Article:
How To Stay Eco Friendly Whilst Packaging Chilled Food

Staying environmentally friendly whilst packaging chilled food, such as recipe boxes or home food deliveries, is very important. It’s vital to keep the food fresh and damage-free to minimise waste and customer satisfaction.

There are several ways you can package chilled food, whilst maintaining your eco ethics.



Choosing sustainable plastics:


Switching to sustainable plastics is a great way to immediately improve your eco credentials.


You could choose single-use compostable, plant-based plastics. This will mean that the plastic degrades away and leaves no trace after 12 weeks.


Or you could choose to reuse, by opting for high quality, heavy duty plastics that can be reused hundreds of times, and then recycled at the end of their functional lives.



Reduce the size of your packaging:


Oversized, aesthetically pleasing packaging has been commonplace for years. With the global shift in awareness of the environmental impact of surplus packaging, consumers are caring less and less about aesthetic presentation, and more and more about the reduction of packaging.


Vacuum food sealing is a great way to reduce the amount of packaging, and keep the food fresher for longer because it does not oxidise.


Functional designs, with clear labelling and no excess materials, are now favoured by most consumers.



Efficient Insulation:


To keep products cool, they must be insulated.


This can be done by delivering the products in an insulated truck, which is a common delivery method by supermarkets.


Or this can be achieved using insulation packs. These insulation packs can either be high-quality made-to-last packs that the customer may reuse or return to you, or these can be packs made of easy to recycle materials.



Optimise your space:


Optimising your space is vital to reduce the number of food miles and carbon footprint created by your deliveries. An improved energy efficiency from choosing the correct size packaging means that more products can be delivered on the same trip. To do this, you can take your minimum box measurements and insert them into our box calculator.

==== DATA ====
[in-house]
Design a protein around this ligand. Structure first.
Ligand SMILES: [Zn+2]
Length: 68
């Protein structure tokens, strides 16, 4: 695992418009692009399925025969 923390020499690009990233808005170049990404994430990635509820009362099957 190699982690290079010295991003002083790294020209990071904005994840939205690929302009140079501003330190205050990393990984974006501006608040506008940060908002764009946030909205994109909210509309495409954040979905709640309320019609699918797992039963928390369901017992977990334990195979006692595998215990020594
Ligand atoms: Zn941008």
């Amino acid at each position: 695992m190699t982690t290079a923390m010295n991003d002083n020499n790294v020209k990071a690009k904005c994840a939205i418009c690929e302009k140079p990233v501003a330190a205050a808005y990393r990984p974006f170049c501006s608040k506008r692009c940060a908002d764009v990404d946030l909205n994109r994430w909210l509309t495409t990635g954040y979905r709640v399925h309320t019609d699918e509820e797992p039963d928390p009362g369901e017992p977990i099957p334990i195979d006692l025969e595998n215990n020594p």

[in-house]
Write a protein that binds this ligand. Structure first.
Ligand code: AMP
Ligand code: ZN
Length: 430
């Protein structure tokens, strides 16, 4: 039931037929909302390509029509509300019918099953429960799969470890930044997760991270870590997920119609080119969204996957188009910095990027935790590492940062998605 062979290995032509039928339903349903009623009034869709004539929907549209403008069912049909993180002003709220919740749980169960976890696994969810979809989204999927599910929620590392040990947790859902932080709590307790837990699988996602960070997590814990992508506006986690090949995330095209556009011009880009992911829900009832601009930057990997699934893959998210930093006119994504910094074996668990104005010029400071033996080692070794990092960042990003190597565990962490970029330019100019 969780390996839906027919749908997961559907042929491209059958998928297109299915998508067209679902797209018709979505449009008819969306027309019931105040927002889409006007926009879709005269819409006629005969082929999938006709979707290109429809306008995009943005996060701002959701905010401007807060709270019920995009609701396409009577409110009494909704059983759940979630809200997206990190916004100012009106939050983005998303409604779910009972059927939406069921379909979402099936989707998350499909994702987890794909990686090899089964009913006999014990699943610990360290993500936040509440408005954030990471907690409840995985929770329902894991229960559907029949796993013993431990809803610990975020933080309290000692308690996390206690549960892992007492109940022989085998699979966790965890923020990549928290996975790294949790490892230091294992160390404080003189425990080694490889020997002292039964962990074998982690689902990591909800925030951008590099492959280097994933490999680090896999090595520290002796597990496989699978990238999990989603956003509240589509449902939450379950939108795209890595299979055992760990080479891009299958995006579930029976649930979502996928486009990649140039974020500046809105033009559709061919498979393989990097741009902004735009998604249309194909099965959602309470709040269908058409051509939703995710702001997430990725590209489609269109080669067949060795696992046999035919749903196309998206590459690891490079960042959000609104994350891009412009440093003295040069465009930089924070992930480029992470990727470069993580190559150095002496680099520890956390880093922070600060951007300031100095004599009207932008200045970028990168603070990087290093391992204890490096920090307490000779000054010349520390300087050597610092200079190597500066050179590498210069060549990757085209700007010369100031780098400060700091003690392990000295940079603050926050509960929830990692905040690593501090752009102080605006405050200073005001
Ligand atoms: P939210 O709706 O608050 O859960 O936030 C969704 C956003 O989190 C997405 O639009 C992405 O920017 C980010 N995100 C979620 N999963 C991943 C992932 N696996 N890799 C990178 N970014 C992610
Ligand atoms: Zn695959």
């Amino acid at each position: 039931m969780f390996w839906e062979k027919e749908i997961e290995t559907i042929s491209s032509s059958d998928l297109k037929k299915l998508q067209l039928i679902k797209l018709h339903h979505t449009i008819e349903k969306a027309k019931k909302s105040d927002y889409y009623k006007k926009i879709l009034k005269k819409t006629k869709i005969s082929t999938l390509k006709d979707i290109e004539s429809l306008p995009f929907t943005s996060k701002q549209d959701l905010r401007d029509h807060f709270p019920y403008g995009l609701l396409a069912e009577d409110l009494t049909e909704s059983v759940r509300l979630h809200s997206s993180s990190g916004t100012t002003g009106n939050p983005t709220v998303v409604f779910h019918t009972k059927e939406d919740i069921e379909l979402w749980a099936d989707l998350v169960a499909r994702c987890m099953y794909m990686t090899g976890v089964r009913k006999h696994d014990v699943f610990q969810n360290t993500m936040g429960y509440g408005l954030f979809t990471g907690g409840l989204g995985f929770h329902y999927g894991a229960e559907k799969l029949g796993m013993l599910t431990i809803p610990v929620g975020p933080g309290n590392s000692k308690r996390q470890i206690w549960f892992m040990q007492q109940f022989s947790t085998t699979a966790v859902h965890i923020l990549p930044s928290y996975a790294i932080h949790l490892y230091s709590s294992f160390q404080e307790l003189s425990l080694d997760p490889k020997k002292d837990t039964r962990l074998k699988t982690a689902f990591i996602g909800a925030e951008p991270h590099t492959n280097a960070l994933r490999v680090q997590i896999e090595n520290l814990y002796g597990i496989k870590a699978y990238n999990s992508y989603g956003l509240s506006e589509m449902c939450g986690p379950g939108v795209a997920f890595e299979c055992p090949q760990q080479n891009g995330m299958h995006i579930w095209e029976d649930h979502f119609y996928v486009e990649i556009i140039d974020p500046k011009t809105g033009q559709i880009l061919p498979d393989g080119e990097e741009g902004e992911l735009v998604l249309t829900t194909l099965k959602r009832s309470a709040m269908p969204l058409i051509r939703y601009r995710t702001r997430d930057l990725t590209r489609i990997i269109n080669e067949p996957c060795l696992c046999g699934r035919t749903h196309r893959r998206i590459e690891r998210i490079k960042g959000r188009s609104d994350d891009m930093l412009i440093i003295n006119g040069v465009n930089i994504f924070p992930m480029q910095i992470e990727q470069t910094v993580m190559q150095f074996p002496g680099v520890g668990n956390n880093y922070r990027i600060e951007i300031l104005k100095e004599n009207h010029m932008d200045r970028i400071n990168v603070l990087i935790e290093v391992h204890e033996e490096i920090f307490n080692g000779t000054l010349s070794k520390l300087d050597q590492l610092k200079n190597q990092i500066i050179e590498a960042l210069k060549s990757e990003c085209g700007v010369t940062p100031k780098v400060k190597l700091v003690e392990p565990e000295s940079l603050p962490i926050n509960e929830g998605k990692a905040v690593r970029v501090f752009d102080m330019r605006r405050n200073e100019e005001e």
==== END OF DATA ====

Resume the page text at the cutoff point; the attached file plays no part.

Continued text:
Ensuring the amount of parcels per trip is maximised, also has the added benefit of offering extra insulation to the products being delivered, as they will naturally insulate each other.



Encourage return or reuse of packaging:


As touched on above, one of the most sustainable ways to pack is returnable or reusable packaging.


If you choose a high quality and long-lasting product for example wooden boxes, it can be used for hundreds of trips, instead of one trip, as is the case for single-use plastics. It may also be kept by the customer and reused by them.


An added bonus of your customer reusing your packaging, for example ice packs for food transport, if they are branded, your customer will constantly be reminded of your business.


Alternatively, you can offer incentives for customers returning your packaging. A great example of this is Boston Tea Party. They no longer offer disposable cups, and instead have a “Loan” scheme. This scheme involves the customer paying a refundable deposit for the cup, and returning the cup to any Boston Tea Party for a refund.


To learn more about this scheme, please click here to be taken to the Boston Tea Party website.



Provide customers with clear storage instructions:


To avoid spoiling, it is a good idea to clearly label storage instructions for your produce. This will help avoid accidental incorrect storage, and in turn, food waste.



Explore new packaging solutions:


The packaging industry is a fast moving place, with new innovations all the time. Keeping up to date with the latest packaging solutions will help you streamline the packaging process, and contribute towards a sustainable future.



Educate the end user:


Raise awareness among your customers about why you are making changes, how important these changes are and how they can get involved. Including calls to action such as “Compost me” or statistics on how the desired action can contribute towards a circular economy.

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